Daily Ireland

**article published 12 February 2005

Festering wounds will never heal over

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Sixteen years ago today, the kitchen of the Finucane home in north Belfast was the bloody scene of a murder that continues to haunt Geraldine Finucane, her family and the entire British political and security establishment.
The jury is currently out on whether the Finucane family will co-operate with the inquiry due to delve into the murky waters of collusion between loyalists and British military intelligence/RUC Special Branch.
Its terms are still being discussed in London and if they mean secrets will remain hidden from the tribunal, the Finucanes won’t be having anything to do with it. But the family desperately wants an inquiry set up as soon as possible - before any more witnesses die or papers become “lost”.
“We’re not naïve”, says Geraldine Finucane. “We know not everything will come out in public. But we do insist that the tribunal decides what’s published and what isn’t. Not some British minister or bureaucrat.
“We must have confidence in the terms of the inquiry. Not just for our own sakes but for the sake of the people of Ireland. We want to participate, but we won’t settle for half measures”.
That clarity of purpose, and flinty determination, is typical of the woman who was herself shot in the foot on the day, 16 years ago, when her husband was murdered in front of her.
As blood flowed from her own wound, the stench of gunsmoke in her nostrils, knowing that Pat lay dead, she was told to get into an ambulance.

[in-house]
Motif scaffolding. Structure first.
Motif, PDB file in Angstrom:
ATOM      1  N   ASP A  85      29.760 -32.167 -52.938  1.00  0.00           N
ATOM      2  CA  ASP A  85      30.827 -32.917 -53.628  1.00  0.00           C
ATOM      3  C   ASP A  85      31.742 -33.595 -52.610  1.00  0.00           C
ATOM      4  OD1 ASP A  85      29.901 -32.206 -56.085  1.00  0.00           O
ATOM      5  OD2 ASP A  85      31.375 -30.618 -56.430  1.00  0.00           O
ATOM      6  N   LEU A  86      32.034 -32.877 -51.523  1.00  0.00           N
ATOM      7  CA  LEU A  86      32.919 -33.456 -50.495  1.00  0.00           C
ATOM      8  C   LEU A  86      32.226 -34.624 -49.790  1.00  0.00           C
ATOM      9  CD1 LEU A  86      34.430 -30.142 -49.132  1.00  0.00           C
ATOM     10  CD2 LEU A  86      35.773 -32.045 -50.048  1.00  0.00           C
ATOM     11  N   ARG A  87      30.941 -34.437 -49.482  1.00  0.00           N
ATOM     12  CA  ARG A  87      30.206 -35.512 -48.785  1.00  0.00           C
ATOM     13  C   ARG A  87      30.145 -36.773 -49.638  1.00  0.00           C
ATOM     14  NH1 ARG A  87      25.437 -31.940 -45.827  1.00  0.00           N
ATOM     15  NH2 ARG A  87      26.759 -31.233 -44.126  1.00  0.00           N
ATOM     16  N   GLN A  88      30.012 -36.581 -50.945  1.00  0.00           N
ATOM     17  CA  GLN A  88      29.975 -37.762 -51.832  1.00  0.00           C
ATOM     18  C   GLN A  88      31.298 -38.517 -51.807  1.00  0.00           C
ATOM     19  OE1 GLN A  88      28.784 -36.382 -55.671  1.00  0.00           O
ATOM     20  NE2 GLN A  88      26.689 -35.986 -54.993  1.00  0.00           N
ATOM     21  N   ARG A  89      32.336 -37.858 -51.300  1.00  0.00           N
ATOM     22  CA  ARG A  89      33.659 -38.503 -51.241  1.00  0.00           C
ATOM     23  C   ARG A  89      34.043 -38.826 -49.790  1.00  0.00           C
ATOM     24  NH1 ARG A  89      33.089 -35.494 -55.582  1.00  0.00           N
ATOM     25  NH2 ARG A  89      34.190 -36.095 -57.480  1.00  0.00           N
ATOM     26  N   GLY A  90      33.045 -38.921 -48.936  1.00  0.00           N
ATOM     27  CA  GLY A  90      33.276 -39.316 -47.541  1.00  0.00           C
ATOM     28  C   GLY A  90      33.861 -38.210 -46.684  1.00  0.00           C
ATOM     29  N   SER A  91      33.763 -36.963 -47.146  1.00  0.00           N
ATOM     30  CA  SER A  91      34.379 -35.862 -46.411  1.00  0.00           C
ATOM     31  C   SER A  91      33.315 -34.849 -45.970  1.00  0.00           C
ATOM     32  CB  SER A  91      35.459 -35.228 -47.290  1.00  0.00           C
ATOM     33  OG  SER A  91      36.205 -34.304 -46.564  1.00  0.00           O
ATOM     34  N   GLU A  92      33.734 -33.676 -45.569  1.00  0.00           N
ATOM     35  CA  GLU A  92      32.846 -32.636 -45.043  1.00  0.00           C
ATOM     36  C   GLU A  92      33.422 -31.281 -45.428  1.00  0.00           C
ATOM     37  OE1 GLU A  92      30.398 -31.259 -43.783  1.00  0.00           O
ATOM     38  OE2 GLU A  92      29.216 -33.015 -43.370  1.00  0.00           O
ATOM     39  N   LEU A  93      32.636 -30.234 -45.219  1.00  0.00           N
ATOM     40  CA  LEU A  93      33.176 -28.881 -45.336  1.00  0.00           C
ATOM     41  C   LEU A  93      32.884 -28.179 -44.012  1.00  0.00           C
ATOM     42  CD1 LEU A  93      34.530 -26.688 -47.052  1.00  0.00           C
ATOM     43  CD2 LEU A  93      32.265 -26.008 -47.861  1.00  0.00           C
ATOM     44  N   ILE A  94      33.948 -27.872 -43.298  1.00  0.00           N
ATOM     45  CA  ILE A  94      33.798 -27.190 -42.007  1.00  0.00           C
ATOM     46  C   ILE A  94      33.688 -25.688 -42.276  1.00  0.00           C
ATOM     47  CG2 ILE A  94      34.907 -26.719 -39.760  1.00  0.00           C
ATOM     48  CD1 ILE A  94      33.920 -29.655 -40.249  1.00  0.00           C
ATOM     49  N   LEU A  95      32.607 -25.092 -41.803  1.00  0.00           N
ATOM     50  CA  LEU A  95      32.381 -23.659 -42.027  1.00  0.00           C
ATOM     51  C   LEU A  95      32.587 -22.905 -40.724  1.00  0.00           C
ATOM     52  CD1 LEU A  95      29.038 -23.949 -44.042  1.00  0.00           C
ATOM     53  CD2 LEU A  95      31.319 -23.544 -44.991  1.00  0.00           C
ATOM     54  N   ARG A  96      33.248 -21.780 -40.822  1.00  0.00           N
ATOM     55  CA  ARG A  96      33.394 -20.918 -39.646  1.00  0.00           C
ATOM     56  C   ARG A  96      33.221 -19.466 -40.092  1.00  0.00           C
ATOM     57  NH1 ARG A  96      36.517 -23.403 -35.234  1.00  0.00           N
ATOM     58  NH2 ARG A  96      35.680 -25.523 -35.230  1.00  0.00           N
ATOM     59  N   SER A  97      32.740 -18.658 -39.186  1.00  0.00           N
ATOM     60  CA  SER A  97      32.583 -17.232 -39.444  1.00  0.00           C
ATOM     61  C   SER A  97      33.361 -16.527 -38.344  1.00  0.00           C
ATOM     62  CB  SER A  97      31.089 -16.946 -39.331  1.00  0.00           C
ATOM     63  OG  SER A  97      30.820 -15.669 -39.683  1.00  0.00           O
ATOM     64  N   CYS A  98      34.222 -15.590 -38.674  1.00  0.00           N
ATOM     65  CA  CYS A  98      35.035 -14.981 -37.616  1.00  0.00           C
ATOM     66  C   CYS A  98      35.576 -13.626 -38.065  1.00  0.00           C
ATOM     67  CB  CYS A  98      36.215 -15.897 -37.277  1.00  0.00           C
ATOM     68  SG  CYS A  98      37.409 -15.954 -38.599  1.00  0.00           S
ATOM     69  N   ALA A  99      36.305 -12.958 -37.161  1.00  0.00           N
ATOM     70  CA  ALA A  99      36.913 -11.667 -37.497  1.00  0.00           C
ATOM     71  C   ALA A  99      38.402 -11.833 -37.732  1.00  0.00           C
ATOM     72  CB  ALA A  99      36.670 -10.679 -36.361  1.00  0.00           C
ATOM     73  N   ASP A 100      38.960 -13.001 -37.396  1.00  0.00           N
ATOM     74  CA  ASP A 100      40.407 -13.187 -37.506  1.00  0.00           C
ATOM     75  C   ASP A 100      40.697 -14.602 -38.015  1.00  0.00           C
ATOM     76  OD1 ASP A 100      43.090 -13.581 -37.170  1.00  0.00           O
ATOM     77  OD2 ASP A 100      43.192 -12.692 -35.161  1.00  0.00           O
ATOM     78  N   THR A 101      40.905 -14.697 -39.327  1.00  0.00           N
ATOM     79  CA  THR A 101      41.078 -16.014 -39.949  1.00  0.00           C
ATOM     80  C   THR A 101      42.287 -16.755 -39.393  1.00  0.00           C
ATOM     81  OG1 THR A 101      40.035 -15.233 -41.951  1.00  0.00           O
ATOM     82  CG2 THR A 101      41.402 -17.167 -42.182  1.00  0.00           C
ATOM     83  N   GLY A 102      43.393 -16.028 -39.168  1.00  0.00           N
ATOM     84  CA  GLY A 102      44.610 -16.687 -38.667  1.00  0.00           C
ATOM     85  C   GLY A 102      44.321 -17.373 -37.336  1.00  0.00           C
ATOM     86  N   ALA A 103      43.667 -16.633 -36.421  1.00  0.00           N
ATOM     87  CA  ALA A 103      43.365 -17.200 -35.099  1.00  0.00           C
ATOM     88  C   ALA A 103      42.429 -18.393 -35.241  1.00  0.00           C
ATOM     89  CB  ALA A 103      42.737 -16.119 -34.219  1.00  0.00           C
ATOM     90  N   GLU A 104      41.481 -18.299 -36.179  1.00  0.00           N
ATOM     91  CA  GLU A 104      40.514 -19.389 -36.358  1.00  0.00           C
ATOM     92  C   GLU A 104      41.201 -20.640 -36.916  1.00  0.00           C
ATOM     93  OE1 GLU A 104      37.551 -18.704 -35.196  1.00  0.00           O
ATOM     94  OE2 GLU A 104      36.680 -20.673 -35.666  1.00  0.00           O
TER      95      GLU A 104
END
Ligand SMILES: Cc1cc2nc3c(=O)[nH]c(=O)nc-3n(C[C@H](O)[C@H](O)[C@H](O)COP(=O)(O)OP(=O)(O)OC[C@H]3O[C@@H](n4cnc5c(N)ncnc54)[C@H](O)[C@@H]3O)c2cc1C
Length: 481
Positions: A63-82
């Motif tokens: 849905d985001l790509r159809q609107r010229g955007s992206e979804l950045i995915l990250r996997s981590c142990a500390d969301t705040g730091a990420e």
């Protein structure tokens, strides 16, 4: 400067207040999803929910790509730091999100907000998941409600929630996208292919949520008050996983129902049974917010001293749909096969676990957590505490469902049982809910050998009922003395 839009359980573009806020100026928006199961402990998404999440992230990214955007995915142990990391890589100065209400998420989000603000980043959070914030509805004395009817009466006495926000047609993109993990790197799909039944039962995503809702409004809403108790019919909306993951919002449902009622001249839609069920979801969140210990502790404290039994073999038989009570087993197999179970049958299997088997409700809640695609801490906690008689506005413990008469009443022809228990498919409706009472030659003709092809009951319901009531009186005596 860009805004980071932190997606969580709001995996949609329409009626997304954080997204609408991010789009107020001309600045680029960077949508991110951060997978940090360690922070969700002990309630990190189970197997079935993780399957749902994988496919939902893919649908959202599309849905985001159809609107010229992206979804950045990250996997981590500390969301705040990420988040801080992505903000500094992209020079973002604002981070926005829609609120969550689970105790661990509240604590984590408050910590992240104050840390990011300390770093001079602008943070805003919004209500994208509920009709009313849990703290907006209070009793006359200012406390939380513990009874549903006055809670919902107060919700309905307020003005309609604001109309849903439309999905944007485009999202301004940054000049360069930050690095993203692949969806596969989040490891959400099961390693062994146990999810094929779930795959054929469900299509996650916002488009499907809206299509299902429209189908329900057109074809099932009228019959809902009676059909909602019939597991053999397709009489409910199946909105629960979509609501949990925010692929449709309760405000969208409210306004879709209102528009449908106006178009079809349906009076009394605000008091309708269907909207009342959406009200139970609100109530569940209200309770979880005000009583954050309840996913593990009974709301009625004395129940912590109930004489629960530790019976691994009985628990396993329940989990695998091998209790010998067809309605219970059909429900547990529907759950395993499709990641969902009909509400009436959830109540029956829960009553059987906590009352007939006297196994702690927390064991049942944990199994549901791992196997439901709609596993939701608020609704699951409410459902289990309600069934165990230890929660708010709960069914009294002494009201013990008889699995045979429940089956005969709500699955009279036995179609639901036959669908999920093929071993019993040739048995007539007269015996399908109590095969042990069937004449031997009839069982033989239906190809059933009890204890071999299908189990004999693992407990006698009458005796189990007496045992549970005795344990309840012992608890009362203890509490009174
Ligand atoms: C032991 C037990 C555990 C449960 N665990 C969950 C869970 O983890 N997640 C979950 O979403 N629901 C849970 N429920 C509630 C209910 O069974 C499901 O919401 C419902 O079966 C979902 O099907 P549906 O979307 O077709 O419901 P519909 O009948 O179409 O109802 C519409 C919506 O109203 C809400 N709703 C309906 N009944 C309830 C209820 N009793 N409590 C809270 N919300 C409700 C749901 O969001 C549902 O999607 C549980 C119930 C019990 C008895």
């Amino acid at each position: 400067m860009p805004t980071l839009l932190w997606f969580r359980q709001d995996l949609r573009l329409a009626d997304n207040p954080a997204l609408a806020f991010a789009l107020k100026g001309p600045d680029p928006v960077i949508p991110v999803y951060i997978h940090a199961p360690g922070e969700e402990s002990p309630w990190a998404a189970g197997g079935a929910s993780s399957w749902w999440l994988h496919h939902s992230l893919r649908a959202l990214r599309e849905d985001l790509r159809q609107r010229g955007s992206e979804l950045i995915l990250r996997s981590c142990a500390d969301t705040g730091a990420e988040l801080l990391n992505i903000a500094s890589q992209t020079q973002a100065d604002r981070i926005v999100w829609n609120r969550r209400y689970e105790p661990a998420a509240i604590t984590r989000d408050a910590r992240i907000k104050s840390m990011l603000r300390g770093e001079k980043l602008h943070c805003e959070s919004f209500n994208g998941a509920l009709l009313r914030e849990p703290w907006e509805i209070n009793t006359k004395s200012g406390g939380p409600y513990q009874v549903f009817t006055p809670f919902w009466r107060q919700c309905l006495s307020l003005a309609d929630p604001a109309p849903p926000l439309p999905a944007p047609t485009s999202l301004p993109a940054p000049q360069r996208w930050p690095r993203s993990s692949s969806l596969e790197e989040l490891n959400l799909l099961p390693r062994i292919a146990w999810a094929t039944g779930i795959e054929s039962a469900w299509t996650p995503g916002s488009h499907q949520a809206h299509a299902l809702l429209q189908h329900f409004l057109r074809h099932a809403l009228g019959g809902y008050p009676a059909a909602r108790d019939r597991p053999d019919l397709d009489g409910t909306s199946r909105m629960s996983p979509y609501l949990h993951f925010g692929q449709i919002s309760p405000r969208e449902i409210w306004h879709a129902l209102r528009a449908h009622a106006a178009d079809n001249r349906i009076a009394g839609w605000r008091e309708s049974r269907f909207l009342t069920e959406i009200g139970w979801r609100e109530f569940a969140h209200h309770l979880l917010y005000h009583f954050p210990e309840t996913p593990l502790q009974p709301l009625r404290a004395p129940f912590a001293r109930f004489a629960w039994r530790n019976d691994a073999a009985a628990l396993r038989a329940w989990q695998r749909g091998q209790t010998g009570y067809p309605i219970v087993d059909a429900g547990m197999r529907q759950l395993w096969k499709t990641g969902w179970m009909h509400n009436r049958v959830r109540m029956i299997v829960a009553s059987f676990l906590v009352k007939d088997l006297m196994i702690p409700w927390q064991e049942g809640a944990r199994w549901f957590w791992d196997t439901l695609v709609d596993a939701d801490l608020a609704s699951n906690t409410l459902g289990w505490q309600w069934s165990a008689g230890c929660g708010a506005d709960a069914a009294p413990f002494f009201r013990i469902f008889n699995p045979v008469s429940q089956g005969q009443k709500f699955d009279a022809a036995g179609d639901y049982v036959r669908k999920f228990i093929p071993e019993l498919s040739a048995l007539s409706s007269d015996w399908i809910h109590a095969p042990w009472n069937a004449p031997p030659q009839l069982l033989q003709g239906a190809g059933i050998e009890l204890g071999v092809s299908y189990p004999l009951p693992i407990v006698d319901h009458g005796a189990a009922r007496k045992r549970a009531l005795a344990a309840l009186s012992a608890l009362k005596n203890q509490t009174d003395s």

Geraldine Finucane, however, as we all now know, is no quitter and refused all medical help until her mother arrived to care for children John, Katherine and Michael (then aged eight, 12 and 17).
Geraldine wants to make it clear, though, that the past 16 years have not only been a struggle to vindicate her dead husband’s memory. Her battle is also for all the dozens of other bereaved who are fighting for the truth about collusion.
“This is a very, very personal battle for us, because Pat was so precious to us, but we know we have another massive responsibility on our shoulders on behalf of others.” The British state doesn’t like admitting its faults, she says, but if they can crack the Finucane case open, others will surely follow.
Although today is an anniversary of his death, it won’t be “special”, she says. “I don’t need an anniversary to think of Pat. There’s not a day goes by that I don’t think of him.”
She has learned to control her loss, however. “If I dwelled on what happened in the house that night, I’d go under. You can’t afford to be too emotional”.
Although she had always suspected collusion in Pat Finucane’s murder, it wasn’t until the British/Irish Rights Watch report drew all the evidence together that her fears were backed with concrete facts.
“I said to myself ‘Oh my God. This was a policy. It wasn’t just Pat. It affects everybody’”.
All of this was a million miles away when Geraldine first met Pat as a student at Trinity College, Dublin. “We lived all over the city, north and south of the river. We were young and it was a wonderful time”, she says.
They married before they left college. She was from a Protestant background, he was a Catholic and, back home in Belfast, storm clouds were gathering.